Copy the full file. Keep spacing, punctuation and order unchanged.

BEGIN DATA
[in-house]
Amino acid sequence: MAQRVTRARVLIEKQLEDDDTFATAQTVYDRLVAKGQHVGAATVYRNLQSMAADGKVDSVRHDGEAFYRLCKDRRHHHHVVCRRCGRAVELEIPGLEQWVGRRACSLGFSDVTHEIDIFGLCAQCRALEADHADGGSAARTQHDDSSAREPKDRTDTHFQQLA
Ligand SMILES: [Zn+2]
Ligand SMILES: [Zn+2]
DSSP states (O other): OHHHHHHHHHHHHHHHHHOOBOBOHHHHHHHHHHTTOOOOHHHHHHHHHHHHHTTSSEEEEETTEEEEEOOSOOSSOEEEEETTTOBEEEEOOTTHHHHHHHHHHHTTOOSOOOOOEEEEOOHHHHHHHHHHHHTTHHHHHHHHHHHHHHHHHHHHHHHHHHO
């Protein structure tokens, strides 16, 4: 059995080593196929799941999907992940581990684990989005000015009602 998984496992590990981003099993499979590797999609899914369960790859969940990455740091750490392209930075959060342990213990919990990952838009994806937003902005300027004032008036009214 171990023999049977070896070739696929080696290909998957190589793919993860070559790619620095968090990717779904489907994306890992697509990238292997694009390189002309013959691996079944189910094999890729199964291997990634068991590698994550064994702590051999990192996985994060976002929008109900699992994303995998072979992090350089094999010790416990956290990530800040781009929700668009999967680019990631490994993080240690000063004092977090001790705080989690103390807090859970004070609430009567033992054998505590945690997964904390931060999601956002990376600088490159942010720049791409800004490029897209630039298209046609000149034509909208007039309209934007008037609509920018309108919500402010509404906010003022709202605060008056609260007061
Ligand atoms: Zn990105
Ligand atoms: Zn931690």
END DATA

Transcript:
[in-house]
Amino acid sequence: MAQRVTRARVLIEKQLEDDDTFATAQTVYDRLVAKGQHVGAATVYRNLQSMAADGKVDSVRHDGEAFYRLCKDRRHHHHVVCRRCGRAVELEIPGLEQWVGRRACSLGFSDVTHEIDIFGLCAQCRALEADHADGGSAARTQHDDSSAREPKDRTDTHFQQLA
Ligand SMILES: [Zn+2]
Ligand SMILES: [Zn+2]
DSSP states (O other): OHHHHHHHHHHHHHHHHHOOBOBOHHHHHHHHHHTTOOOOHHHHHHHHHHHHHTTSSEEEEETTEEEEEOOSOOSSOEEEEETTTOBEEEEOOTTHHHHHHHHHHHTTOOSOOOOOEEEEOOHHHHHHHHHHHHTTHHHHHHHHHHHHHHHHHHHHHHHHHHO
């Protein structure tokens, strides 16, 4: 059995080593196929799941999907992940581990684990989005000015009602 998984496992590990981003099993499979590797999609899914369960790859969940990455740091750490392209930075959060342990213990919990990952838009994806937003902005300027004032008036009214 171990023999049977070896070739696929080696290909998957190589793919993860070559790619620095968090990717779904489907994306890992697509990238292997694009390189002309013959691996079944189910094999890729199964291997990634068991590698994550064994702590051999990192996985994060976002929008109900699992994303995998072979992090350089094999010790416990956290990530800040781009929700668009999967680019990631490994993080240690000063004092977090001790705080989690103390807090859970004070609430009567033992054998505590945690997964904390931060999601956002990376600088490159942010720049791409800004490029897209630039298209046609000149034509909208007039309209934007008037609509920018309108919500402010509404906010003022709202605060008056609260007061
Ligand atoms: Zn990105
Ligand atoms: Zn931690």